The book is largely about physical space of course, so it has many recommendations on how offices should be connected. The authors specifically studied what isolated groups within a company, and even what we might consider small physical distances amounted to big interruptions in communication. If two parts of an office are too far apart, people will not move between them as often as they need to. If they are a floor apart, they sometimes will not speak at all.

Ultimately A Pattern Language has a lot of common sense to offer up about how to build a work community, backed by a fair amount of research that bucked many trends in the 70's. It had points that should not be glossed over even now, including:
  • You spend 8 hours at work - there is no reason it should be any less of a community
  • Workplaces must not be too scattered, nor too agglomerated, but clustered in groups of 15
  • Workplaces should be decentralized, not reliant on a central hub
  • Mix manual jobs, desk jobs, craft jobs, selling, etc. within a community
  • There should always be a common piece of land (or a courtyard) within the work community which ties offices together
  • The work community is interlaced with the larger community they operate within

    Workspace efficiency and community engagement is definitely not a new practice, however we always tend to think it is. If we can remember the lessons learned thirty-seven years ago, we may be in a better place to make a better workplace today.
  • Wednesday, February 12, 2014

    Thinking in Patterns

    Cognitive Hazard by Arenamontanus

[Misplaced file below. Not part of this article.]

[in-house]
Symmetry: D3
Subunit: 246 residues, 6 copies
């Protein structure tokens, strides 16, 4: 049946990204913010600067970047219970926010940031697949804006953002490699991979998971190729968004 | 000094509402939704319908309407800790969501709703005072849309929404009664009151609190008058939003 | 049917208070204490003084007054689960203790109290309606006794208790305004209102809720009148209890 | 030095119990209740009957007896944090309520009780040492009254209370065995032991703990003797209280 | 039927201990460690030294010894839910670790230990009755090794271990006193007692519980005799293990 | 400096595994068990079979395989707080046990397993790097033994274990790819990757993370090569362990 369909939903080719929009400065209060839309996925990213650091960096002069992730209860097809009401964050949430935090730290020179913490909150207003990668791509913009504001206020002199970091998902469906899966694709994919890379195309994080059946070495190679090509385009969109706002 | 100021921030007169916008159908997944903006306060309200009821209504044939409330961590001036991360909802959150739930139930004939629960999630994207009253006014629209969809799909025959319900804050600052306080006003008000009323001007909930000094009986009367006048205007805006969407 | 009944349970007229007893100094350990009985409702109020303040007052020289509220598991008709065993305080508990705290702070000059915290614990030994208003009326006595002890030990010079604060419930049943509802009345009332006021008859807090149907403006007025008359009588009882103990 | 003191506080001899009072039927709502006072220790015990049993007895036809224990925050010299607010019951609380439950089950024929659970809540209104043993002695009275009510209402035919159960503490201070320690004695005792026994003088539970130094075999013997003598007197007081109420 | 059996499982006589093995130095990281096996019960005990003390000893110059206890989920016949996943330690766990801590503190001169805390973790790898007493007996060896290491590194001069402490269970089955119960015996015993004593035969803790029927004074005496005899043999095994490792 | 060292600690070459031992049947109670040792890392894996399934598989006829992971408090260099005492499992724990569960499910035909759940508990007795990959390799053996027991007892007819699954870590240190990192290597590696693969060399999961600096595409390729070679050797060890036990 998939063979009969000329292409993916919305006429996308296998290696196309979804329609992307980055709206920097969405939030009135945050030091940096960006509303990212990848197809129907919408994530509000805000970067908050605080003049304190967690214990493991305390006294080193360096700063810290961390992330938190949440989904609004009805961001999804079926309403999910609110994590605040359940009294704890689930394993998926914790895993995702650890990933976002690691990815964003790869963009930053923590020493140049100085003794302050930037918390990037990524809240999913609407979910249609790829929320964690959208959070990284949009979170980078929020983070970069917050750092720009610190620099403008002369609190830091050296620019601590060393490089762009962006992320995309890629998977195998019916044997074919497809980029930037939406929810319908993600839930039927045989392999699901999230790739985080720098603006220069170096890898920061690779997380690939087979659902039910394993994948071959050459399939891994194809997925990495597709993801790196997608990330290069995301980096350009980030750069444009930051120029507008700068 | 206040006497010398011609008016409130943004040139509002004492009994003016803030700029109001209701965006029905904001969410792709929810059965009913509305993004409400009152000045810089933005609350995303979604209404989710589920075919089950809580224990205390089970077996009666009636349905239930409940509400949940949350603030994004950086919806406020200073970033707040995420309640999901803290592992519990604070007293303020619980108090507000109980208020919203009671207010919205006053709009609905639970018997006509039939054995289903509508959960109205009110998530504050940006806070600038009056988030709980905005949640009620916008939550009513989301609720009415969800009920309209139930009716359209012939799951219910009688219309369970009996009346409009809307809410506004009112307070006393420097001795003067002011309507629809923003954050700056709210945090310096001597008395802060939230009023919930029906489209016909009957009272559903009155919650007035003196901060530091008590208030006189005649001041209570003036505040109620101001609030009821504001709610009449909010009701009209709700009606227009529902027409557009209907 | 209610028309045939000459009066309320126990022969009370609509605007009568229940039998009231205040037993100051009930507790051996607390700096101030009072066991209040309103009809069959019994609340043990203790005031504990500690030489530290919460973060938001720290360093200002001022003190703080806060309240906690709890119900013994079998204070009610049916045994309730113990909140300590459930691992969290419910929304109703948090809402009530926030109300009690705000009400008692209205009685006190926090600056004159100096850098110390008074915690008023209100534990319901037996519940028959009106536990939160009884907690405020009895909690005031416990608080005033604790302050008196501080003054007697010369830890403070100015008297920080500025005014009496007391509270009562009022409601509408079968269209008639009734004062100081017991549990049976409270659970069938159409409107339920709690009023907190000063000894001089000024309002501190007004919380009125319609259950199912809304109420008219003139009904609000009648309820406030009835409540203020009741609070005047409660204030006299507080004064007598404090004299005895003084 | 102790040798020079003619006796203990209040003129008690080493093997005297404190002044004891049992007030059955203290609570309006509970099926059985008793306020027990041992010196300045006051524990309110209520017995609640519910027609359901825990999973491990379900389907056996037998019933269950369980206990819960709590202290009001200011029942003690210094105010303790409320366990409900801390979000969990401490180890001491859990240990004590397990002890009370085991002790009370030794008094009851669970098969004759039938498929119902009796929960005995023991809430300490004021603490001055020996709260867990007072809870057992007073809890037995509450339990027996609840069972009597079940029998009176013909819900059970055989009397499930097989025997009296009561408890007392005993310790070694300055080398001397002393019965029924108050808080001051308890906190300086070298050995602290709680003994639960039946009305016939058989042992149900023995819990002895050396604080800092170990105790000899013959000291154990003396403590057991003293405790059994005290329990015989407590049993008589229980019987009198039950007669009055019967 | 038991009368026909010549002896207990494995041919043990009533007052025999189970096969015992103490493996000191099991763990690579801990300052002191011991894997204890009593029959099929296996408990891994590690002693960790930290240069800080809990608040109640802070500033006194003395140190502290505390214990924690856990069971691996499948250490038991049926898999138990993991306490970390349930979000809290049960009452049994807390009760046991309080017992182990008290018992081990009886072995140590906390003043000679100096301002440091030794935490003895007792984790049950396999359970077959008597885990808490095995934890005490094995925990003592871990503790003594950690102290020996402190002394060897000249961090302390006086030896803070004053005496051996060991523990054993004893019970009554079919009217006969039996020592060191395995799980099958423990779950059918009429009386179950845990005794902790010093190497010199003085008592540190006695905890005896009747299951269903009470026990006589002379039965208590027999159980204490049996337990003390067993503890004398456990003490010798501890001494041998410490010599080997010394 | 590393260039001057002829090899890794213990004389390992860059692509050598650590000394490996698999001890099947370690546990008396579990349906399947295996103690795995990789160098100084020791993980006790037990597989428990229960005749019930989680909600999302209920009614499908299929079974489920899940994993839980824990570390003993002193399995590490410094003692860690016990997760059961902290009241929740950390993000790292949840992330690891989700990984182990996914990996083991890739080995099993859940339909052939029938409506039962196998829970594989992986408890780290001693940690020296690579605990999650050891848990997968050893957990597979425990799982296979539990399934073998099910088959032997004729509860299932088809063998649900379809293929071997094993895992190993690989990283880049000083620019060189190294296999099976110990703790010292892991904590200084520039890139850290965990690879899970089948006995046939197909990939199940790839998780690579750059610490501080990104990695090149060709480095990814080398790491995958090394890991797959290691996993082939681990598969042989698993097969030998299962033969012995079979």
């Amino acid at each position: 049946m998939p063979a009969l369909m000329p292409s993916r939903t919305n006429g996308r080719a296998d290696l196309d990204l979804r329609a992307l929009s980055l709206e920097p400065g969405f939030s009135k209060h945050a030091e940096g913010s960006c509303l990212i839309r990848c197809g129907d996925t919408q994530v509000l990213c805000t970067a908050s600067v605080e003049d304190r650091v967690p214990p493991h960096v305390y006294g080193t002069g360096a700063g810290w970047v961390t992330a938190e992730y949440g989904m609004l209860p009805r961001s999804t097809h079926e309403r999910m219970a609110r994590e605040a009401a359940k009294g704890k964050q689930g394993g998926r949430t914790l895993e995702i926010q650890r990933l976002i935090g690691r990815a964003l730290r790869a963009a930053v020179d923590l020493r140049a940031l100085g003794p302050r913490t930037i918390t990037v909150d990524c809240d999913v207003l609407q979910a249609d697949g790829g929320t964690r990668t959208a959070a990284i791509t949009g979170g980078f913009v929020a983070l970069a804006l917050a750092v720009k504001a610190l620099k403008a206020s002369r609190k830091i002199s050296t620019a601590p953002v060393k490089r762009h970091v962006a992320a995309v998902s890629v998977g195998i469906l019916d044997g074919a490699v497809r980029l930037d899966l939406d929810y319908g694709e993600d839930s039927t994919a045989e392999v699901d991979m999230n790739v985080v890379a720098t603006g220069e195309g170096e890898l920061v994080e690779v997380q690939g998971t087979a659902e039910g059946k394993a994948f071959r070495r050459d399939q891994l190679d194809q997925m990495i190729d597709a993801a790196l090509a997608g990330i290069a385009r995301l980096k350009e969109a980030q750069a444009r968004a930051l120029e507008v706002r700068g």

I've finally started to look at some recommended reading that has been on my wish list for going on two years now. Two of the books, Thinking in Systems and A Pattern Language, have particularly resonated with me since they spoke directly to the practice of software engineering without mentioning it once.

    Donella Meadows has left behind quite a legacy, and has great observations on how people work within overarching systems. Systems are everywhere and are often composed of yet other systems - just as it is with how people manage their workload every day. In particular, Donella notes the traps that systems can cause which cause things to go completely awry. Let's see if we can identify any of these traps within the context of enterprise software development:
    • Policy Resistance (think of "The War on Drugs," where two sides are trying to leverage the same system)
    • Tragedy of the Commons (exhausting a shared resource)
    • Drift to Low Performance (goals are eroded because negative feedback has more resonance than positive feedback)
    • Escalation (one side is attempting to out-produce the other, without a balance in between the two sides)
    • Competitive Exclusion (success to the successful)
    • Shifting the Burden to the Intervenor (an addiction has removed a system's ability to shoulder its own burdens)
    • Rule Beating (finding loopholes)